There is a buzz in the camp of the Barbados Labour Party. And understandably so.
Suggestions on the ground indicate that they have a relatively good chance of wresting the government from the incumbent Democratic Labour Party.
But this is not written in stone, and a victory for the DLP in the next general election should not shock anyone.
Similarly, the mass eviction of the DLP from the seat of power should not provide consternation for their supporters. Such is the nature of politics.
But while there is justified optimism among the members of the Opposition BLP, there are several questions related to their tenure between 1994 and 2008 that remain unanswered and with which they will undoubtedly have to deal on the political platform before the populace entrusts the proverbial keys to the national treasury to them again.
Barbados has unquestionably benefited from excellent BLP and DLP political leadership, generally, but there have been massive mistakes, and to whom much is given, much is expected. Hence, accountability comes as par for the course.
In the early stages of his tenure, late Prime Minister David Thompson promised the Barbadian populace that all the details behind the failed Gems of Barbados and Greenland Landfill projects would be revealed for Barbadians to make their own judgements on how their tax dollars had been spent, or as he stated, squandered.
It is perhaps prophetic, that attempts to visit websites dealing with the Gems of Barbados project is met with a warning that: “visiting this web site may harm your computer.”
In the context of Opposition Leader Owen Arthur’s objection to the National Insurance Scheme investing in the stalled Four Seasons project, just how much “harm” did the estimated $400 million injected into Gems inflict on the Barbados economy?
Perhaps the Opposition’s objections to the NIS’ involvement in Four Season might have its genesis in the financial disaster that has been the Gems project. There are still unanswered questions with respect to the transparency of monies injected into the project. There are questions that the office of the Auditor General is still waiting to have clarified.
In 2010 then Minister of Economic Affairs, Dr. David Estwick, advised Thompson to sell off the remaining GEMS properties to ease strain on both the Government and taxpayers. During debate on a $9.014 million supplementary resolution, of which $3 million was earmarked to supplement GEMS parent company, Hotels and Resorts Limited, Estwick explained that the GEMS project had an accumulated debt of $229 million, while the estimated book value of the properties was only $74 million.
Estwick revealed that GEMS had also benefitted from $145 million worth of loans from the Government. He described the project as an “albatross” on the necks of taxpayers.
The St. Philip West MP charged that at a time of economic prosperity the Arthur Administration had still sold off Eastry House, Silver Rock and Worthing Court, and were looking for buyers for the Savannah Hotel, Time Out and the Hilton Hotel. Why, and what played out with these transactions?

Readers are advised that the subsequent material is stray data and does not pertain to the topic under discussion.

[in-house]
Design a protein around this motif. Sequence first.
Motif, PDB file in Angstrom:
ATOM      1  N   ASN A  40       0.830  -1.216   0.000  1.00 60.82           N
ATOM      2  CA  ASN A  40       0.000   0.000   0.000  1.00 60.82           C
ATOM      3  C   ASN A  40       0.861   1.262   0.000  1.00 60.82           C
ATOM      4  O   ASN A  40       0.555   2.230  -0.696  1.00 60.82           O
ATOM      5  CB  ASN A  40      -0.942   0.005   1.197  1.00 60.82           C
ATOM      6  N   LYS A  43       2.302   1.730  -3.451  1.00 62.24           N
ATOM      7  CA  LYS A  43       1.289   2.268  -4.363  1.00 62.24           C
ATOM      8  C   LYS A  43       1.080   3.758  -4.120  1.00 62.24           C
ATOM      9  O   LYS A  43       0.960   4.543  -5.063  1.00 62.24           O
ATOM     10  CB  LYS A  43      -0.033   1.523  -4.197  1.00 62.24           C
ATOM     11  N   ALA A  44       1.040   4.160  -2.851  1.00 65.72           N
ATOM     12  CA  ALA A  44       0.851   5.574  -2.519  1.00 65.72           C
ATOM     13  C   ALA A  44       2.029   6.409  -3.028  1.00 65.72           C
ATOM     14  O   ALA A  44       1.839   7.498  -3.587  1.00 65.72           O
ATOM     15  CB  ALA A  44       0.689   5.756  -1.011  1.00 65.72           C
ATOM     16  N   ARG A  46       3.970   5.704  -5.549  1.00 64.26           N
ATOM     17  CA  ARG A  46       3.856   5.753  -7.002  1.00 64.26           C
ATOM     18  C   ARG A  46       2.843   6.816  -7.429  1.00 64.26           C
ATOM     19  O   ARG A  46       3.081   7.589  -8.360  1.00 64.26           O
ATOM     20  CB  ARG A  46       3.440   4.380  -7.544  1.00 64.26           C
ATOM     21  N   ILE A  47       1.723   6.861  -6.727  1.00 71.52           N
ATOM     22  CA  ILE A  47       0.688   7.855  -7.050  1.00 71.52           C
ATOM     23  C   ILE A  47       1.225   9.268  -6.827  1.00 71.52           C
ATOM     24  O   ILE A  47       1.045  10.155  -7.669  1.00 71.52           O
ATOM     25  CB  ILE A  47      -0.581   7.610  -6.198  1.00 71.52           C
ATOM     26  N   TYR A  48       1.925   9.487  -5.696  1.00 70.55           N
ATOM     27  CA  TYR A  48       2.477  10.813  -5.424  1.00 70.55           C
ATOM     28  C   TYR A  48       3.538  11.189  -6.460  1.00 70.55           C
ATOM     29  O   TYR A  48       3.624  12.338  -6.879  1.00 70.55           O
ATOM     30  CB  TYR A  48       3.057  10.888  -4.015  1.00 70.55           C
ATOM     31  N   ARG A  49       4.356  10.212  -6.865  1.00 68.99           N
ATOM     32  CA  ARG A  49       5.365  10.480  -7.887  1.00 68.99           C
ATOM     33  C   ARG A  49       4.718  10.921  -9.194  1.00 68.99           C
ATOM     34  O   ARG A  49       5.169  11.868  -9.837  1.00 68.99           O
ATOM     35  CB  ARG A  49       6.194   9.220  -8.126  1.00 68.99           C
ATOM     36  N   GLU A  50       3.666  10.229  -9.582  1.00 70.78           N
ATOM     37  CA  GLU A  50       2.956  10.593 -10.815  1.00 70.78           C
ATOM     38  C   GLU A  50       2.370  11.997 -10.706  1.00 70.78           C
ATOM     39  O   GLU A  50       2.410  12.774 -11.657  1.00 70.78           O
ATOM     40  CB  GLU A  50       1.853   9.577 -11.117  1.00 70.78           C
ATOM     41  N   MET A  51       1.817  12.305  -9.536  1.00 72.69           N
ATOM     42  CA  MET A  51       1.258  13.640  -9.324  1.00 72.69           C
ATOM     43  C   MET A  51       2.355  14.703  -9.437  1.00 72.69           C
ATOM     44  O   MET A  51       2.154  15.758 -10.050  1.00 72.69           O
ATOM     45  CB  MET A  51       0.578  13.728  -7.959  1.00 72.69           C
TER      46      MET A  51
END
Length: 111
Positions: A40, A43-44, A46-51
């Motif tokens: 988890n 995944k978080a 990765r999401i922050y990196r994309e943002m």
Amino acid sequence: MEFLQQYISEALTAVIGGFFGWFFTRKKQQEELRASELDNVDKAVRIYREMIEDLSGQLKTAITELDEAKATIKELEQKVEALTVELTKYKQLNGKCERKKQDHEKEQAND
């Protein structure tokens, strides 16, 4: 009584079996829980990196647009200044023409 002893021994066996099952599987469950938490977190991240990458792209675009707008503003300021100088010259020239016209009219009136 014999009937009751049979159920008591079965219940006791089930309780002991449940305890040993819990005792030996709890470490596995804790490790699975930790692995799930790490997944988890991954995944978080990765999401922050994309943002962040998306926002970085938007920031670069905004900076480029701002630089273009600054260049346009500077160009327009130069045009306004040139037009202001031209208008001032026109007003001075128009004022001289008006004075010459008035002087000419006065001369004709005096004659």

And what about Greenland Landfill? Though the spending there pales into relative insignificance compared to the Gems investment, $70 million to $85 million is nothing at which to scoff. At least with the Gems fiasco, some hotels actually were up and running, even if heavily subsidised, and some were sold, but Greenland must arguably be the world’s most expensive landfill that never was.
What makes the spending there such a tragedy is that the project was carried out despite objections on environmental, economic and ecological grounds from experts, and from those with a very undervalued qualification — local knowledge.
Professor Hans Machel of the University of Alberta described the Greenland Landfill debacle thus: “Anyone who does not understand the reasons for the unsuitability of Greenland as a landfill is stupid, and anyone who denies these reasons is callous. These people just do not give a hoot about the environment, nor do they care about the welfare of Barbadians. All they care about is themselves. Barbadians will have to pay a very high price for this, and for generations to come.”
And there are questions of accountability at the National Housing Corporation, the Urban Development Commission, the National Conservation Commission, where millions of dollars were spent for jobs not completed and some never started. These have been chronicled in report after report from the Auditor General.
The current Opposition Leader once famously told the electorate that if there were any indiscretions, infelicities or mistakes committed by his regime, that he should be blamed since he was the Prime Minister. “Blame me,” he said. And most did, but not many asked for an accompanying explanation, clarification or accountability with respect to state funds.
Both the BLP and the DLP at some stage have fallen down in their accountability to the general public. We are still waiting for full ventilation from the DLP on CARSICOT decades after that scandal.
These are circumstances with which voters have lived, ignored or simply reconciled themselves to a situation where the political choices are limited.
But apathy is a dangerous thing. The people should always demand answers of their political leaders and hold them to account. It is not prudent to be satisfied with what has become a routine cycle of drowning in rhetoric while switching from one political institution to another.